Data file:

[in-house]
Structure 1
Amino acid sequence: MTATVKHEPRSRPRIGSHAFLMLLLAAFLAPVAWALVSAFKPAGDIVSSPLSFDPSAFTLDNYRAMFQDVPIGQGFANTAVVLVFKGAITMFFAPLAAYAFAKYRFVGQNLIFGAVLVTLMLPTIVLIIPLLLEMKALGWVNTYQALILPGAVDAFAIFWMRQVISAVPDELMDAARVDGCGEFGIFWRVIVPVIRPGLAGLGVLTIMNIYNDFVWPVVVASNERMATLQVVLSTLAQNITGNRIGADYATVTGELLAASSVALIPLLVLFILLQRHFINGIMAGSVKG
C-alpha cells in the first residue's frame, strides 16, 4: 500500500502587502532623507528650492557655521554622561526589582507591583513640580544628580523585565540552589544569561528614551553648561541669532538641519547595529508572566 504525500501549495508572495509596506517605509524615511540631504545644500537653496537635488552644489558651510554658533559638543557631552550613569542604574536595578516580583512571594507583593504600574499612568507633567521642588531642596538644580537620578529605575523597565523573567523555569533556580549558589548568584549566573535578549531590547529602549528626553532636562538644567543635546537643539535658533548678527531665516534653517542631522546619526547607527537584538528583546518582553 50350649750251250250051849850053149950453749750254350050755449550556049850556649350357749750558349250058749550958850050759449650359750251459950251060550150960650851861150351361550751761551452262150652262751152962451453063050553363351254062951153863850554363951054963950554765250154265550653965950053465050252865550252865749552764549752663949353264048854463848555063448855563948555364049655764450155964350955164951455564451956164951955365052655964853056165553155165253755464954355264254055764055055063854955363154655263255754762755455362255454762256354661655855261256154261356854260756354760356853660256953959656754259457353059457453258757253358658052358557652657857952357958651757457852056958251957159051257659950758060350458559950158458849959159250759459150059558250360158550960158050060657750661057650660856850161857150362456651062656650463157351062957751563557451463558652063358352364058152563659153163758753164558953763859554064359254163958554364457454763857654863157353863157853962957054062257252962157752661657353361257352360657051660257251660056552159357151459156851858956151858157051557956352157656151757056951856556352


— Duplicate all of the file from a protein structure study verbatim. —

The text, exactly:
[in-house]
Structure 1
Amino acid sequence: MTATVKHEPRSRPRIGSHAFLMLLLAAFLAPVAWALVSAFKPAGDIVSSPLSFDPSAFTLDNYRAMFQDVPIGQGFANTAVVLVFKGAITMFFAPLAAYAFAKYRFVGQNLIFGAVLVTLMLPTIVLIIPLLLEMKALGWVNTYQALILPGAVDAFAIFWMRQVISAVPDELMDAARVDGCGEFGIFWRVIVPVIRPGLAGLGVLTIMNIYNDFVWPVVVASNERMATLQVVLSTLAQNITGNRIGADYATVTGELLAASSVALIPLLVLFILLQRHFINGIMAGSVKG
C-alpha cells in the first residue's frame, strides 16, 4: 500500500502587502532623507528650492557655521554622561526589582507591583513640580544628580523585565540552589544569561528614551553648561541669532538641519547595529508572566 504525500501549495508572495509596506517605509524615511540631504545644500537653496537635488552644489558651510554658533559638543557631552550613569542604574536595578516580583512571594507583593504600574499612568507633567521642588531642596538644580537620578529605575523597565523573567523555569533556580549558589548568584549566573535578549531590547529602549528626553532636562538644567543635546537643539535658533548678527531665516534653517542631522546619526547607527537584538528583546518582553 50350649750251250250051849850053149950453749750254350050755449550556049850556649350357749750558349250058749550958850050759449650359750251459950251060550150960650851861150351361550751761551452262150652262751152962451453063050553363351254062951153863850554363951054963950554765250154265550653965950053465050252865550252865749552764549752663949353264048854463848555063448855563948555364049655764450155964350955164951455564451956164951955365052655964853056165553155165253755464954355264254055764055055063854955363154655263255754762755455362255454762256354661655855261256154261356854260756354760356853660256953959656754259457353059457453258757253358658052358557652657857952357958651757457852056958251957159051257659950758060350458559950158458849959159250759459150059558250360158550960158050060657750661057650660856850161857150362456651062656650463157351062957751563557451463558652063358352364058152563659153163758753164558953763859554064359254163958554364457454763857654863157353863157853962957054062257252962157752661657353361257352360657051660257251660056552159357151459156851858956151858157051557956352157656151757056951856556352